Potential sperm donors must meet certain qualifications to join Seattle Sperm Bank’s program. However, some of our qualifications are often misunderstood by potential sperm donors. To help you understand why we need certain information, here are the reasons behind five questions included in our online donor application.
Are You Between 18 and 39?
Our donor program has an age limit of 39 years. Why? Because, as people age, both sperm and egg quality can decrease. And since each sample will be frozen, which can further decrease the number of motile sperm by 50%, it’s important to get sperm samples of the highest possible quality. This allows us to give intended parents the greatest chance to achieve their family goals.
What is Your Ethnicity?
We ask this important question for several reasons. First, this information helps intended parents better understand the genetic background of donors who may help contribute to their potential offspring. Second, both heterosexual and same sex couples often look to match features of their partner who is not contributing genetically. Third, some people may have personal reasons for choosing a donor with specific features. Finally, people of all ethnicities need donor sperm, so we do our best to have a program that reflects the backgrounds of all our clients.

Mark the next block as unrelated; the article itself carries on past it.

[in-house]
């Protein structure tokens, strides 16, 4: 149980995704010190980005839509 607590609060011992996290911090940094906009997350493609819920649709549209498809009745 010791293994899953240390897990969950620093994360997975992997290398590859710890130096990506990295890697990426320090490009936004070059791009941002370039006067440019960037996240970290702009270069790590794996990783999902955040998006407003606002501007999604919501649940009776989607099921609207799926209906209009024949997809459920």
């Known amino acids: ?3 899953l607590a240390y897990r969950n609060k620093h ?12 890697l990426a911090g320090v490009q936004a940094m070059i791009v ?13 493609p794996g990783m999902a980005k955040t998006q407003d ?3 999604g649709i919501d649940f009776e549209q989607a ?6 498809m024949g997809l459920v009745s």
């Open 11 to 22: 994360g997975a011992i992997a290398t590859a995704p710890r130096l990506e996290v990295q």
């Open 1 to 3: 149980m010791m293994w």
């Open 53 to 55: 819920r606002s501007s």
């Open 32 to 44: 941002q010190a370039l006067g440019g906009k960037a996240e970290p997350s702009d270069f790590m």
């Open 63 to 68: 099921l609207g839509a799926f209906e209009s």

Are You Adopted?
This question is important for tracing certain familial genetic factors. All potential donors answer questions about their immediate family’s health history. If you have been adopted and do not have access to this information, it can leave potential offspring vulnerable to unknown genetic conditions. We strive to provide complete health information to intended parents so they can make a well-informed decision that will lead to healthy children.
What is Your Height and Weight?
We ask about this for two reasons. First, we want our donors to be healthy, since that can be an indicator of good sperm health. Second, we also want to better understand who you are genetically. Your donation will contribute physical traits to potential offspring, and because intended parents come in all shapes and sizes, we want to provide that variety in our program. Do not be discouraged by this question. Being shorter or heavier will not disqualify you; rather, it may benefit a client who is looking for someone just like you.
What is Your Occupation and Level of Education?
Intended parents want to know all about you. And since both genetic and environmental factors shape who you are, your occupation and educational background is relevant and of interest. Intended parents bring their own environmental influences and genetics. But the other half of a child’s genetics will come from you, and that is a meaningful contribution. Intended parents are looking for donors who complement and balance their traits, so it’s important to learn as much as possible about you, while still protecting your identity. Knowing what you do for a living or what you are studying in school helps provide this information.
Becoming a sperm donor is a big decision and we are here to guide you through the process. If you have any questions about our program, please contact one of our Donor Coordinator via email or by calling (206) 588-1484. You can also begin the process by filling out our online application form.